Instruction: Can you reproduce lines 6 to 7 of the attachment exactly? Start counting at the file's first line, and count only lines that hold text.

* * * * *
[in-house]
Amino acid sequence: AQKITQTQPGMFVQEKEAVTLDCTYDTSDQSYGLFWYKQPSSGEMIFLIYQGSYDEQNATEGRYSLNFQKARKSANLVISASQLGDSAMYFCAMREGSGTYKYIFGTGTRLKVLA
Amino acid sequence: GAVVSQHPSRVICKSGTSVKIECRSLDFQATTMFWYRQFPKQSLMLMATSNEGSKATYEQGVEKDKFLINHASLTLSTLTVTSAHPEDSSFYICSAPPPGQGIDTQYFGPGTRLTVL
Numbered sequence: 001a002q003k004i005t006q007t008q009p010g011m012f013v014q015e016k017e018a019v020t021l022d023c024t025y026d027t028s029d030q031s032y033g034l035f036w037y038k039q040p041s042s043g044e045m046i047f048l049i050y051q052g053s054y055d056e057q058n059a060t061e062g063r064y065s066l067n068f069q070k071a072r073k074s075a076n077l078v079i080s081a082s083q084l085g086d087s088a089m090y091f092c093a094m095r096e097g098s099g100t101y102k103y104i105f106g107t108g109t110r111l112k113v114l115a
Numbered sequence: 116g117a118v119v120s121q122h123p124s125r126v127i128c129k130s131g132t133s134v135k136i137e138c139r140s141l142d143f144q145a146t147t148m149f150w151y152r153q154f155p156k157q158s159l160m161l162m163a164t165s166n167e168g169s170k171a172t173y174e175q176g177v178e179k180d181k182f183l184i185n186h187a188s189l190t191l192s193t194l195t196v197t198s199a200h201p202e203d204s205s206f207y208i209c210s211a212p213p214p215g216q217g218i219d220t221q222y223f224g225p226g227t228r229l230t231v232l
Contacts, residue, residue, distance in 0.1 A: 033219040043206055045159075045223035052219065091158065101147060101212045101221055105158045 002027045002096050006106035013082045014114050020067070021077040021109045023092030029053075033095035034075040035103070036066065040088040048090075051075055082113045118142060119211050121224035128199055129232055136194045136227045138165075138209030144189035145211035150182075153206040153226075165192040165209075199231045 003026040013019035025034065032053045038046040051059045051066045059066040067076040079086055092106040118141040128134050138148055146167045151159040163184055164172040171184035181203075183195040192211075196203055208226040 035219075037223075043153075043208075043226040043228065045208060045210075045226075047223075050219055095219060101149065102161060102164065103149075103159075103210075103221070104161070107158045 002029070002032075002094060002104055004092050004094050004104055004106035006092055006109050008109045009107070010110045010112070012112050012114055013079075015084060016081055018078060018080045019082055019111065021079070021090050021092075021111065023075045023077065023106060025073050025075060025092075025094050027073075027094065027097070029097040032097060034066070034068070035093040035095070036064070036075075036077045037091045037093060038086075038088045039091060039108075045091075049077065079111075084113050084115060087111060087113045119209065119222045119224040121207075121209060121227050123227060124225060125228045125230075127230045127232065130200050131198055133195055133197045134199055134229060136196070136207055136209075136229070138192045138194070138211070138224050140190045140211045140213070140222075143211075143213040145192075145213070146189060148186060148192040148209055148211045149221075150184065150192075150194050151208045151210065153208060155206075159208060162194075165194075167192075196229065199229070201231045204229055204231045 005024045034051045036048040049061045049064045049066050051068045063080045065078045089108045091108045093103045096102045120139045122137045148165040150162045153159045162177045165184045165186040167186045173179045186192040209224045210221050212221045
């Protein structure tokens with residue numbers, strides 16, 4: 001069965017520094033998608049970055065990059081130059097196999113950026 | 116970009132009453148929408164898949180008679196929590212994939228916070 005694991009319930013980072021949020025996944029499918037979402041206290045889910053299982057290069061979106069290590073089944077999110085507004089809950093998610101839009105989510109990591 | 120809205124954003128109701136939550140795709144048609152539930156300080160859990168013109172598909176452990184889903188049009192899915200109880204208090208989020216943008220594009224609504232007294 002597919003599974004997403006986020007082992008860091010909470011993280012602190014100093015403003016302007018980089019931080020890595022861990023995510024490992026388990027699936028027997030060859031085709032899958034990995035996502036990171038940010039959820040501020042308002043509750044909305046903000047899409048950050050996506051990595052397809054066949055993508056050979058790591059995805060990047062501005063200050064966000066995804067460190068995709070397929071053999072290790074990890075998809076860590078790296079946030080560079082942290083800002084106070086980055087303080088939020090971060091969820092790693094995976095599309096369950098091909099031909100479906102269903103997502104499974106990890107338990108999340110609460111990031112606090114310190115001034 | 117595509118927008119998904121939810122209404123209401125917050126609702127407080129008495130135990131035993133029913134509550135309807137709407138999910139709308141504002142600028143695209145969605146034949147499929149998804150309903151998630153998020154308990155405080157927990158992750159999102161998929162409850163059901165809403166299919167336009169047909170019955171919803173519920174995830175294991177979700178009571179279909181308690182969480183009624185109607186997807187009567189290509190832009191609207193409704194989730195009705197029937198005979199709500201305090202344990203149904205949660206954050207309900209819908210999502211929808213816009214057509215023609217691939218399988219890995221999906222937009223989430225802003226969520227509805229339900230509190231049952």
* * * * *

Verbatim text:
Contacts, residue, residue, distance in 0.1 A: 033219040043206055045159075045223035052219065091158065101147060101212045101221055105158045 002027045002096050006106035013082045014114050020067070021077040021109045023092030029053075033095035034075040035103070036066065040088040048090075051075055082113045118142060119211050121224035128199055129232055136194045136227045138165075138209030144189035145211035150182075153206040153226075165192040165209075199231045 003026040013019035025034065032053045038046040051059045051066045059066040067076040079086055092106040118141040128134050138148055146167045151159040163184055164172040171184035181203075183195040192211075196203055208226040 035219075037223075043153075043208075043226040043228065045208060045210075045226075047223075050219055095219060101149065102161060102164065103149075103159075103210075103221070104161070107158045 002029070002032075002094060002104055004092050004094050004104055004106035006092055006109050008109045009107070010110045010112070012112050012114055013079075015084060016081055018078060018080045019082055019111065021079070021090050021092075021111065023075045023077065023106060025073050025075060025092075025094050027073075027094065027097070029097040032097060034066070034068070035093040035095070036064070036075075036077045037091045037093060038086075038088045039091060039108075045091075049077065079111075084113050084115060087111060087113045119209065119222045119224040121207075121209060121227050123227060124225060125228045125230075127230045127232065130200050131198055133195055133197045134199055134229060136196070136207055136209075136229070138192045138194070138211070138224050140190045140211045140213070140222075143211075143213040145192075145213070146189060148186060148192040148209055148211045149221075150184065150192075150194050151208045151210065153208060155206075159208060162194075165194075167192075196229065199229070201231045204229055204231045 005024045034051045036048040049061045049064045049066050051068045063080045065078045089108045091108045093103045096102045120139045122137045148165040150162045153159045162177045165184045165186040167186045173179045186192040209224045210221050212221045
């Protein structure tokens with residue numbers, strides 16, 4: 001069965017520094033998608049970055065990059081130059097196999113950026 | 116970009132009453148929408164898949180008679196929590212994939228916070 005694991009319930013980072021949020025996944029499918037979402041206290045889910053299982057290069061979106069290590073089944077999110085507004089809950093998610101839009105989510109990591 | 120809205124954003128109701136939550140795709144048609152539930156300080160859990168013109172598909176452990184889903188049009192899915200109880204208090208989020216943008220594009224609504232007294 002597919003599974004997403006986020007082992008860091010909470011993280012602190014100093015403003016302007018980089019931080020890595022861990023995510024490992026388990027699936028027997030060859031085709032899958034990995035996502036990171038940010039959820040501020042308002043509750044909305046903000047899409048950050050996506051990595052397809054066949055993508056050979058790591059995805060990047062501005063200050064966000066995804067460190068995709070397929071053999072290790074990890075998809076860590078790296079946030080560079082942290083800002084106070086980055087303080088939020090971060091969820092790693094995976095599309096369950098091909099031909100479906102269903103997502104499974106990890107338990108999340110609460111990031112606090114310190115001034 | 117595509118927008119998904121939810122209404123209401125917050126609702127407080129008495130135990131035993133029913134509550135309807137709407138999910139709308141504002142600028143695209145969605146034949147499929149998804150309903151998630153998020154308990155405080157927990158992750159999102161998929162409850163059901165809403166299919167336009169047909170019955171919803173519920174995830175294991177979700178009571179279909181308690182969480183009624185109607186997807187009567189290509190832009191609207193409704194989730195009705197029937198005979199709500201305090202344990203149904205949660206954050207309900209819908210999502211929808213816009214057509215023609217691939218399988219890995221999906222937009223989430225802003226969520227509805229339900230509190231049952």